My second tour began in 1969 when I was a rifle company commander of Charlie Company, 1st Battalion 12th Cavalry Regiment, 1st Cavalry Division (Airmobile). In May 1970, we operated for two months in Cambodia. I retired a Lieutenant Colonel in 1984 and jumped into a career as a writer and documentary filmmaker.
With my entire military career uploaded on both my Marine Corps and Army profiles, it wasn’t long before I begin getting messages from old Army buddies, most of whom I served with in Vietnam.
After months of exchanging emails and messages over the TWS message center with Vietnam comrades, the idea of holding a reunion began to take shape. There was a lot of enthusiasm and the beginning of some planning. The final shove, however, came from somewhere else.
One day, I got a TWS message from an unknown veteran. He wrote he had been a member of our company when it arrived in Vietnam in 1965 and for the past eight years, the original members had been meeting for reunions every two years. He wanted to open up the next reunion to be held in Myrtle Beach to all veterans from all years who served in the company. I wrote back we would be there and got busy getting the word out.
Reflecting on how it all came about, I was struck by the versatility of TWS. It not only brings together long-lost friends, it’s a national archive where millions of stories and photos are posted, and with each, a lasting legacy of America’s military heritage.
Whenever I get the chance, I like to search for photos and stories posted by vets who served in World War II, Korea and Vietnam. It never fails to amaze me the detail some of the veterans have posted. It is better than a history book because it’s personal and because of these living, breathing “scrapbooks” come straight from the gut and the heart. The postings by friends and relatives honoring the men and women who paid the supreme sacrifice are the ones that get me the most.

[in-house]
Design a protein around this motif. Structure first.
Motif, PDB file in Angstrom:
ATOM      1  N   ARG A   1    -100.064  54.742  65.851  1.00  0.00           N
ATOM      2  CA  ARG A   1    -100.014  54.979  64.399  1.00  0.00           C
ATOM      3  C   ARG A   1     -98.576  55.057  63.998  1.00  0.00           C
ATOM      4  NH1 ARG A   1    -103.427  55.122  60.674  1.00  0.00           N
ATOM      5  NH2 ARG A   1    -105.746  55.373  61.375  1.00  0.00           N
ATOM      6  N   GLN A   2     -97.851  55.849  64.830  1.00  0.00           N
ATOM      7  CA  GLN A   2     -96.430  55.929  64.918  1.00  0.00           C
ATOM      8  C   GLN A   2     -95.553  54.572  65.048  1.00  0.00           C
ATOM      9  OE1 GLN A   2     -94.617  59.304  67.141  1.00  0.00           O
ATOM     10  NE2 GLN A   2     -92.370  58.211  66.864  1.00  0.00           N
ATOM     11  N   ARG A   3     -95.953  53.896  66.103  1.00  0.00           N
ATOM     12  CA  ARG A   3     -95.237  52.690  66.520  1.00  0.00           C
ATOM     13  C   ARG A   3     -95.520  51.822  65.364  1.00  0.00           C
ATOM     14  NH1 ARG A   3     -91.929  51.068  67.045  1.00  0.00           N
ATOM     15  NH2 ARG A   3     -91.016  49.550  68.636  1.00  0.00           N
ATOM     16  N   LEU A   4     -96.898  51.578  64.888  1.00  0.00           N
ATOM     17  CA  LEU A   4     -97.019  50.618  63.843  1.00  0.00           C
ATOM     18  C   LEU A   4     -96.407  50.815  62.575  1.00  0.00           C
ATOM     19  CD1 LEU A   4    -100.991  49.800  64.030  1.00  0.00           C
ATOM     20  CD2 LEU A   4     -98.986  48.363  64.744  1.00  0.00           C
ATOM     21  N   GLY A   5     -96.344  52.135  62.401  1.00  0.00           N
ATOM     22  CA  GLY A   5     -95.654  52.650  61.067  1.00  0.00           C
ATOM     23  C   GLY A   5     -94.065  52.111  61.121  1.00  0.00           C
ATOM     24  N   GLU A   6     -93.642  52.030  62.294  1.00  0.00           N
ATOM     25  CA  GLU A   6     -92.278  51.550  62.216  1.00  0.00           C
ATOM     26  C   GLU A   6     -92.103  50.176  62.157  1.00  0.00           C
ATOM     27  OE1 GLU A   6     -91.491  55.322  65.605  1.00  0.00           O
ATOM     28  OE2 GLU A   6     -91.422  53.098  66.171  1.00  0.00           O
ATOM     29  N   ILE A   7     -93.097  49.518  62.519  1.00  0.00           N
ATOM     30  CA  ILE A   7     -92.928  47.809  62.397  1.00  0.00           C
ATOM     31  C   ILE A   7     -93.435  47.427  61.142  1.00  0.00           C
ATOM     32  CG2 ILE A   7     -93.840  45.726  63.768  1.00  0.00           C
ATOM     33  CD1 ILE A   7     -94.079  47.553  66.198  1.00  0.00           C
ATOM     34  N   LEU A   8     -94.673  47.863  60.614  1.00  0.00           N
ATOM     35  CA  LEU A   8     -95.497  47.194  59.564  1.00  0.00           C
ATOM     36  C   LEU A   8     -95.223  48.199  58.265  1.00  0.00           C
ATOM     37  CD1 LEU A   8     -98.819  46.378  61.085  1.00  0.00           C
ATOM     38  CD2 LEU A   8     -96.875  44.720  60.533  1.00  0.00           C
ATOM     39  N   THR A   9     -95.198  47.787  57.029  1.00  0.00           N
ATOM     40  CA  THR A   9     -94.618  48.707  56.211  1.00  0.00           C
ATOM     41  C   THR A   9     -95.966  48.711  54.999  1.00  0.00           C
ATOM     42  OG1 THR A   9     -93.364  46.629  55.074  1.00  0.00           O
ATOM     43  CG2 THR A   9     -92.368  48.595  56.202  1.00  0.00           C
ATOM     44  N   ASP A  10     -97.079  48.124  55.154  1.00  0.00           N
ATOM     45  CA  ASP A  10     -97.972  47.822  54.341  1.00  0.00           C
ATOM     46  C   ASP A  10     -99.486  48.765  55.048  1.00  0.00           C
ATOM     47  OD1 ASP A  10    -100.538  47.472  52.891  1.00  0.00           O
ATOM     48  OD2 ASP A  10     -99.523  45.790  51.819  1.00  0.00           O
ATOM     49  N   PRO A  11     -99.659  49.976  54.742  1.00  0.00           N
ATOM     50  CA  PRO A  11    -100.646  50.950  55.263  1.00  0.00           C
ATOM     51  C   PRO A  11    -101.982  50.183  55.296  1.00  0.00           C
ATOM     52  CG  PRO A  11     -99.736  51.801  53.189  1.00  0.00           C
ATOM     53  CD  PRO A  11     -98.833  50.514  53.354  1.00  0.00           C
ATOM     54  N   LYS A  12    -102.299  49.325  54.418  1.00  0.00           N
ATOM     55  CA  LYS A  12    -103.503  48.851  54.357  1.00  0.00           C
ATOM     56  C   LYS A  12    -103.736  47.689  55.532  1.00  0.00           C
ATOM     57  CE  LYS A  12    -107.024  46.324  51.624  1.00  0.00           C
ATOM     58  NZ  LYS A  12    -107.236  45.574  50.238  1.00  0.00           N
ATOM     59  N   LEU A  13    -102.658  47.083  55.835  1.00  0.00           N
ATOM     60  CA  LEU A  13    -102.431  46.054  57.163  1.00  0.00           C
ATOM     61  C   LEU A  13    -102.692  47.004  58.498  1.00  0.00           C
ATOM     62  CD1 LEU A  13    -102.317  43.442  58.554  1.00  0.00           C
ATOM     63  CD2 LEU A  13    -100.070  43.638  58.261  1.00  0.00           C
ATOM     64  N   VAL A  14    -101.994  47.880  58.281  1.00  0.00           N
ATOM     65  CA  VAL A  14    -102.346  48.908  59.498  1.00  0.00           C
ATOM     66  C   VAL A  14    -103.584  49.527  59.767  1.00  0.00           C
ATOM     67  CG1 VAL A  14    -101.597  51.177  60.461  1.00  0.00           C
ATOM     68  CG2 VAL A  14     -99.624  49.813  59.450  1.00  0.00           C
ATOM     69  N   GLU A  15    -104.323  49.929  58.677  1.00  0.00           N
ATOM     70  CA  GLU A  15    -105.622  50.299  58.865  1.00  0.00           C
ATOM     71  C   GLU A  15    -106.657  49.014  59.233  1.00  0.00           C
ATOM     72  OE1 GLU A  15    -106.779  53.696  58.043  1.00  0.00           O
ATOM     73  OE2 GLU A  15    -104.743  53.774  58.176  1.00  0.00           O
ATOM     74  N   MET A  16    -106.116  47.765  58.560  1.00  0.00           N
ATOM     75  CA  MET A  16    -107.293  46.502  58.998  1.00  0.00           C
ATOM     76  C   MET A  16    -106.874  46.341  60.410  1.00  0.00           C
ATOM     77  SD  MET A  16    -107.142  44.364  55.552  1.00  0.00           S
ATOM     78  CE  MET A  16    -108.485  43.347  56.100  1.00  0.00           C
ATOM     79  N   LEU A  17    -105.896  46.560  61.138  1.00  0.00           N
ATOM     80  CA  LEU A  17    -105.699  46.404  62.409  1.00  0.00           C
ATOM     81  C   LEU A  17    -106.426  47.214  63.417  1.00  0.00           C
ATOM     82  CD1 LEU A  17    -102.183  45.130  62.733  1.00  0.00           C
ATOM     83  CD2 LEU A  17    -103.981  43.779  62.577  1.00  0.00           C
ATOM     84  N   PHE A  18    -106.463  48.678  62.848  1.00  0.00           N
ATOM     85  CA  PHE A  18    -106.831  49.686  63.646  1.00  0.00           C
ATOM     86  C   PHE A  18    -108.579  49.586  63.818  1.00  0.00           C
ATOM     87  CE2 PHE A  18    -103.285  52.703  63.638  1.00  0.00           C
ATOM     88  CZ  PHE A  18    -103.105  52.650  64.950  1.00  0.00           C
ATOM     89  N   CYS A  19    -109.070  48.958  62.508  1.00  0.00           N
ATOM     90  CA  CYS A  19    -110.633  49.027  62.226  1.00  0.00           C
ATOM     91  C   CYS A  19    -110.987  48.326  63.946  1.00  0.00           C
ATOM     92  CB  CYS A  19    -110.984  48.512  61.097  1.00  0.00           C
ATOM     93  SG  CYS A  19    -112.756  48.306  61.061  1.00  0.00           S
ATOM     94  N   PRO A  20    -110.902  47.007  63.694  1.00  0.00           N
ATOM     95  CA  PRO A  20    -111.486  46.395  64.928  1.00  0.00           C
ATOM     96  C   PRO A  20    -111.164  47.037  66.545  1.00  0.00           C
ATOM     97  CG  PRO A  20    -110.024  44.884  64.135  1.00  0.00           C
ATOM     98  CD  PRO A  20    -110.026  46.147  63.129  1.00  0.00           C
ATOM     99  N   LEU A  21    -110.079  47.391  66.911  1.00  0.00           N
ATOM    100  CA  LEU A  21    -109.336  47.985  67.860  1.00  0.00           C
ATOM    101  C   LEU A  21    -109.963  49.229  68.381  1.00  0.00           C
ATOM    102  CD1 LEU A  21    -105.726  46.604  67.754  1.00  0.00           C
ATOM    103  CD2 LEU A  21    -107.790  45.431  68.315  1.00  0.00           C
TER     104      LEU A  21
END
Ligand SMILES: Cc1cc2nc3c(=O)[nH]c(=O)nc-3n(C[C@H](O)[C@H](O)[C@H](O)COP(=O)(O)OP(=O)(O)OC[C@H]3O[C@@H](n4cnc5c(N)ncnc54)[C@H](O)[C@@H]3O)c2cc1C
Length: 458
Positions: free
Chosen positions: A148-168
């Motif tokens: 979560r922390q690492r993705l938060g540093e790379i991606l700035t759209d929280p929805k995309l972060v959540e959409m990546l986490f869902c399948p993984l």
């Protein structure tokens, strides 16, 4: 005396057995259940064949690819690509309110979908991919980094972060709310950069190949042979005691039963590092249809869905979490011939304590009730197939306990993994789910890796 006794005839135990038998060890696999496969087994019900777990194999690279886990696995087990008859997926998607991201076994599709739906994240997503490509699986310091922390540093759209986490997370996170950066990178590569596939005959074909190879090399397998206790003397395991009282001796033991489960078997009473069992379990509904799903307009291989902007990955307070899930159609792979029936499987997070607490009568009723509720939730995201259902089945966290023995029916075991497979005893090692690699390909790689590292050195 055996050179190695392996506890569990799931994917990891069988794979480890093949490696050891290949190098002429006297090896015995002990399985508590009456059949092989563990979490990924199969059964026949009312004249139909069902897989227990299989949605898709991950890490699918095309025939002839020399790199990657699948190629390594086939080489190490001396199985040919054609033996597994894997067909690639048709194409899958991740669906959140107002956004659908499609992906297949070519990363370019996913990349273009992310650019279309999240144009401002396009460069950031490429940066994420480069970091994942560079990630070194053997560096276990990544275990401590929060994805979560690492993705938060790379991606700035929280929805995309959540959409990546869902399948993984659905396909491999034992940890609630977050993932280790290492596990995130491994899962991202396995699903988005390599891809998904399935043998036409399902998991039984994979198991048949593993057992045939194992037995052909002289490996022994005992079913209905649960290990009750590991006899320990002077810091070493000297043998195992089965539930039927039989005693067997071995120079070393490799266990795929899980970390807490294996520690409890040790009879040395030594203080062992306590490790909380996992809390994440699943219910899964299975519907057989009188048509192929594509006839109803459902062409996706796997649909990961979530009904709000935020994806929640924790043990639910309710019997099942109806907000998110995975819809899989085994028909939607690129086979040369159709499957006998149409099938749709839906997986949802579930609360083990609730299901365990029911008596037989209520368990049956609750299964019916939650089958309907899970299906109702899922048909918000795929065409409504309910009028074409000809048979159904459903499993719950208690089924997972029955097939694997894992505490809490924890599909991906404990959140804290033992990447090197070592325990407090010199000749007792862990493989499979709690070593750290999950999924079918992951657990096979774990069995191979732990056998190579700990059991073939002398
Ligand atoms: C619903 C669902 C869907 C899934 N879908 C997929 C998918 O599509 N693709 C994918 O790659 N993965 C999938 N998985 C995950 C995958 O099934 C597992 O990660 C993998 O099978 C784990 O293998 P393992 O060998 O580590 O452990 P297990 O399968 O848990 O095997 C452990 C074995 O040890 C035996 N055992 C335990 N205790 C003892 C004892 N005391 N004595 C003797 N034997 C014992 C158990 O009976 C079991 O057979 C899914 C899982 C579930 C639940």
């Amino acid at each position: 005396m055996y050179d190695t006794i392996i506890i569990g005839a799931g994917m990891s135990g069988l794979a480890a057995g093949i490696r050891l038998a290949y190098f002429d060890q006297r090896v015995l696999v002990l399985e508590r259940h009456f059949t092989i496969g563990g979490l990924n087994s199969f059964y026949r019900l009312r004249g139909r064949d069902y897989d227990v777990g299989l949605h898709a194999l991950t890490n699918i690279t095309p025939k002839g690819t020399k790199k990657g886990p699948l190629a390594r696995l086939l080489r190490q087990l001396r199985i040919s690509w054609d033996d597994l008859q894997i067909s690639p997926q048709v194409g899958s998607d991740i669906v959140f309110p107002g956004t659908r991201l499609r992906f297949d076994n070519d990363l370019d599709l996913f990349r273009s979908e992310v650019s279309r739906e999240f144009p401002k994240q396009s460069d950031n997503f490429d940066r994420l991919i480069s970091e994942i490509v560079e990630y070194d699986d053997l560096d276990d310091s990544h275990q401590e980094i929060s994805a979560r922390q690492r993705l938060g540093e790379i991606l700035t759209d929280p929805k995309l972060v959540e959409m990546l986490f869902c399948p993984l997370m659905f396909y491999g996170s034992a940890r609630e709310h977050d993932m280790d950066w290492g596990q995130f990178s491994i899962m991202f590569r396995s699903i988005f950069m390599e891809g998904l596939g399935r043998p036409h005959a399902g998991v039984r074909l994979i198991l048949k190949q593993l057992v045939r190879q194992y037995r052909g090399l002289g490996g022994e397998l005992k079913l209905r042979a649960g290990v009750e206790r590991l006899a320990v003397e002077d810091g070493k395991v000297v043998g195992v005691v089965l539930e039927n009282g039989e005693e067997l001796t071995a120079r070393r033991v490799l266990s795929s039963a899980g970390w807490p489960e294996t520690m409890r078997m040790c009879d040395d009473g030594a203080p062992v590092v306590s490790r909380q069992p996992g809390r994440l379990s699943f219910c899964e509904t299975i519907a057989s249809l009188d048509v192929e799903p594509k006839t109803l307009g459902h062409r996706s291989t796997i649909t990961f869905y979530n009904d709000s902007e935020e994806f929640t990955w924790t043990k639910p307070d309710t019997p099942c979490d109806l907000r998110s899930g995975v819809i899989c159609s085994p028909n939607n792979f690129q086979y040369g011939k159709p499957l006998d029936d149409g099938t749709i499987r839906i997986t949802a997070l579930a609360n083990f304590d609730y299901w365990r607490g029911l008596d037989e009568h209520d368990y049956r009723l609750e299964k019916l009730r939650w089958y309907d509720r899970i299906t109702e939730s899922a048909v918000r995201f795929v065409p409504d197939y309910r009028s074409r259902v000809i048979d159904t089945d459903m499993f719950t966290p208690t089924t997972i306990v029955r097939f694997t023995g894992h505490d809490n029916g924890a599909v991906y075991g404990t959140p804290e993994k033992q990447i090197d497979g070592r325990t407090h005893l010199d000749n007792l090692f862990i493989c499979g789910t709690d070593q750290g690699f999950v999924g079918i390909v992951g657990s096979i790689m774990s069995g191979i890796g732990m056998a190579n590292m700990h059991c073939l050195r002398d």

Somewhere in my mental praising of why I love Together We Served, I’d fallen asleep. The next thing I felt was the plane leveling off and the pilot telling us we would be landing in 15 minutes. The head flight attendant got on the horn with some gate numbers for some connecting flights and thanked us for flying their airline.
The plane landed at the Atlanta and parked at a gate. Walking off the plane I said goodbye to Jason and headed for the gate my flight to Myrtle Beach would depart. Two hours later the commuter plane landed. I called the hotel where I would be staying and where the reunion was being held. In a matter of minutes, a van picked me up.
The excitement and anticipation was growing inside as I realized that within minutes, I would be coming face-to-face with some of my combat buddies after more than four decades. They understood better than anyone else about what Vietnam meant because they were there, they shared in the experience too. No doubt Shakespeare had us in mind when he wrote in Henry V, “We few, we happy few, we band of brothers”.
This article appeared in the April 2013 Vietnam magazine
As a fitting tribute to our Members of Together We Served, your service to our country is now honored in our Roll of Honor, the most powerful online display of Living, Fallen and Deceased Veterans existing today. Our 1.67 million Veteran Members, who served from WWII to present day, now have a dedicated entry displaying a brief service summary of their service and their photo in uniform if posted.
You can find your Roll of Honor entry easily – click on the graphic below and select your service branch. Then enter your name in the Quicksearch window. Alternatively, you can select your service separation year and scroll down. Please check your entry for accuracy and update any information, such as your Last Unit, plus add your service photo for completeness. You can do this by logging into TWS and clicking on the “My Profile” tab.
If you have any questions regarding your entry in our Roll of Honor, please don’t hesitate to contact us at Admin@togetherweserved.com or contact our Live Help Desk at the bottom left of your TWS website.